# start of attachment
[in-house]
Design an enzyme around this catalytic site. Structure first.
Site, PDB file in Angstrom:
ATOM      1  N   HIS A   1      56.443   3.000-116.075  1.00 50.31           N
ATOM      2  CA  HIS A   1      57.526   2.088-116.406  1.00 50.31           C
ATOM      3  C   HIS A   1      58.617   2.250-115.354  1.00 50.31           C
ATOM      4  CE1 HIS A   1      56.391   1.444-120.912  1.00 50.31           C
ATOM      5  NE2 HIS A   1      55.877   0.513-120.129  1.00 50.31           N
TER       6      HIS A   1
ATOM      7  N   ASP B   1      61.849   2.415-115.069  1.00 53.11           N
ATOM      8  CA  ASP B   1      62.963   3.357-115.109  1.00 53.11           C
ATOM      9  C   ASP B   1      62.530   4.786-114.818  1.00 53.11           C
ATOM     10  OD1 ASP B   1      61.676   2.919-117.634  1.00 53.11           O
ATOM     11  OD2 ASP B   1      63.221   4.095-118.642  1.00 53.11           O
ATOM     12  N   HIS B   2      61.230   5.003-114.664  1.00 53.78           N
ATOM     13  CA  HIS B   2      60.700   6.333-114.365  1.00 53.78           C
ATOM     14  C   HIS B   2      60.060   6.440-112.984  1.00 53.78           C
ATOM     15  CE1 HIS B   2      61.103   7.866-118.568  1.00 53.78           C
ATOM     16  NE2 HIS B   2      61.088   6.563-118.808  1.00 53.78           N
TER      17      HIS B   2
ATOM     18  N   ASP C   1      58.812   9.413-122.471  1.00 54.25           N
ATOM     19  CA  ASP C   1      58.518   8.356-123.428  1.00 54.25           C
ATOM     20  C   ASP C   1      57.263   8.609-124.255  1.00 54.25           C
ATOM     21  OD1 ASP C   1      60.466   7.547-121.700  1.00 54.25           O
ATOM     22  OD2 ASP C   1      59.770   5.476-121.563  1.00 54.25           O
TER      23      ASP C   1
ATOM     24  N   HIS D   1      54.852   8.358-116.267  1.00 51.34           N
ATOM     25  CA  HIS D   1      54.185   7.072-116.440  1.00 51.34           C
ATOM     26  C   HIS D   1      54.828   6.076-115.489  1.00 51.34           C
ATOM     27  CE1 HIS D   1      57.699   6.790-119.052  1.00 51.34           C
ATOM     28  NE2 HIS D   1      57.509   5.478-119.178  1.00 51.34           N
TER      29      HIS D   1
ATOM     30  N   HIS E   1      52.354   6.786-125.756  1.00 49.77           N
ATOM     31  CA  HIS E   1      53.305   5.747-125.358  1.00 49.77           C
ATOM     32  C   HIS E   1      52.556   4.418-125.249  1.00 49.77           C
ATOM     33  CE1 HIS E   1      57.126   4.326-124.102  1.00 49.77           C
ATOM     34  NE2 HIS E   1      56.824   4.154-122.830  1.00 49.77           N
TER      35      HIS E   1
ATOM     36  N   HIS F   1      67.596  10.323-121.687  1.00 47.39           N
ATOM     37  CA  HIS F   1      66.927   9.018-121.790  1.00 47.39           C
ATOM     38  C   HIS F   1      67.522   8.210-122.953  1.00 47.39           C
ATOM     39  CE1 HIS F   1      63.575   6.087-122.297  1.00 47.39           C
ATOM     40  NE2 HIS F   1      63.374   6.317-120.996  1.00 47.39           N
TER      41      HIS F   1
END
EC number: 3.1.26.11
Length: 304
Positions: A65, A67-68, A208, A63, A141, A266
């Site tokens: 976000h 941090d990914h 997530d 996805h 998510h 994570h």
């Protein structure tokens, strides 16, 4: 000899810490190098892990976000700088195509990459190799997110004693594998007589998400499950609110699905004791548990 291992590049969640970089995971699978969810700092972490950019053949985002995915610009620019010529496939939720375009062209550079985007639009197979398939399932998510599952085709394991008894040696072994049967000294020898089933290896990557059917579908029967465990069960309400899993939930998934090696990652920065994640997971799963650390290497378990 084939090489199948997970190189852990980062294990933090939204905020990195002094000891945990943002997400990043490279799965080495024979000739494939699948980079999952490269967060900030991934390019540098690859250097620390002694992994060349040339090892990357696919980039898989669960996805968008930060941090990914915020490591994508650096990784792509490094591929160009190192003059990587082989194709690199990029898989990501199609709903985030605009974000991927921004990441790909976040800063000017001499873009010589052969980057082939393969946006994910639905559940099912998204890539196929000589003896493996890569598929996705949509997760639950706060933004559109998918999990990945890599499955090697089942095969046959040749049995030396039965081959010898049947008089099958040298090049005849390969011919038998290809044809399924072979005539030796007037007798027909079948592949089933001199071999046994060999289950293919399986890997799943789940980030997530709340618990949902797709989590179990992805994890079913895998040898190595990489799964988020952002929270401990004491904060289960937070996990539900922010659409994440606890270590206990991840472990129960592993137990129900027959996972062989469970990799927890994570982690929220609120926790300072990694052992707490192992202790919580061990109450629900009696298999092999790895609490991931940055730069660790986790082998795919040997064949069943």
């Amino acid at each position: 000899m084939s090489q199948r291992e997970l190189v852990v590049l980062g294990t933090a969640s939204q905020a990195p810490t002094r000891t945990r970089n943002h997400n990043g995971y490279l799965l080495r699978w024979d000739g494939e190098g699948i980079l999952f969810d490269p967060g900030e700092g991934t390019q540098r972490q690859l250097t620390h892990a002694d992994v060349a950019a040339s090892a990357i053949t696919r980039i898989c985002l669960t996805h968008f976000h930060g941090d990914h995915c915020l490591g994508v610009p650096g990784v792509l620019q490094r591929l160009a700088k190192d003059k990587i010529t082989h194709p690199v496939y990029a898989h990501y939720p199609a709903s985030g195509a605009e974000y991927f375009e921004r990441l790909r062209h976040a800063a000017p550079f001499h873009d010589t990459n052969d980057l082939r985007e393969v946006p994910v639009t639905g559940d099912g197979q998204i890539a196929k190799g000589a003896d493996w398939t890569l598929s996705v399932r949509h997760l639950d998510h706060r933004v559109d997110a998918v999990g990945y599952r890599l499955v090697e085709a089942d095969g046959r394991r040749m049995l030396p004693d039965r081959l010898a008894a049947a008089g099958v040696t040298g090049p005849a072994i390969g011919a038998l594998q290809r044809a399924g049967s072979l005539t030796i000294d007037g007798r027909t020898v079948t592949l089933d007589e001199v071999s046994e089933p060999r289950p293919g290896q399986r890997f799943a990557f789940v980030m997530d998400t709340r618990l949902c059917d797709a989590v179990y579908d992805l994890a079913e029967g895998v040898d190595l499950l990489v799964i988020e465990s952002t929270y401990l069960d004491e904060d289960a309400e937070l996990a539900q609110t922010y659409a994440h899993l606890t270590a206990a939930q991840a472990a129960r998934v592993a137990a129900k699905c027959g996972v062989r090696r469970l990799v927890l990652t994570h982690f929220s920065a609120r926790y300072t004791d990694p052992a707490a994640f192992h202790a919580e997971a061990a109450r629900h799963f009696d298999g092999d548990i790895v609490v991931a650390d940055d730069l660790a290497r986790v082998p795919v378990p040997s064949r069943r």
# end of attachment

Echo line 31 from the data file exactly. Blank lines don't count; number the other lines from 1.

ATOM     28  NE2 HIS D   1      57.509   5.478-119.178  1.00 51.34           N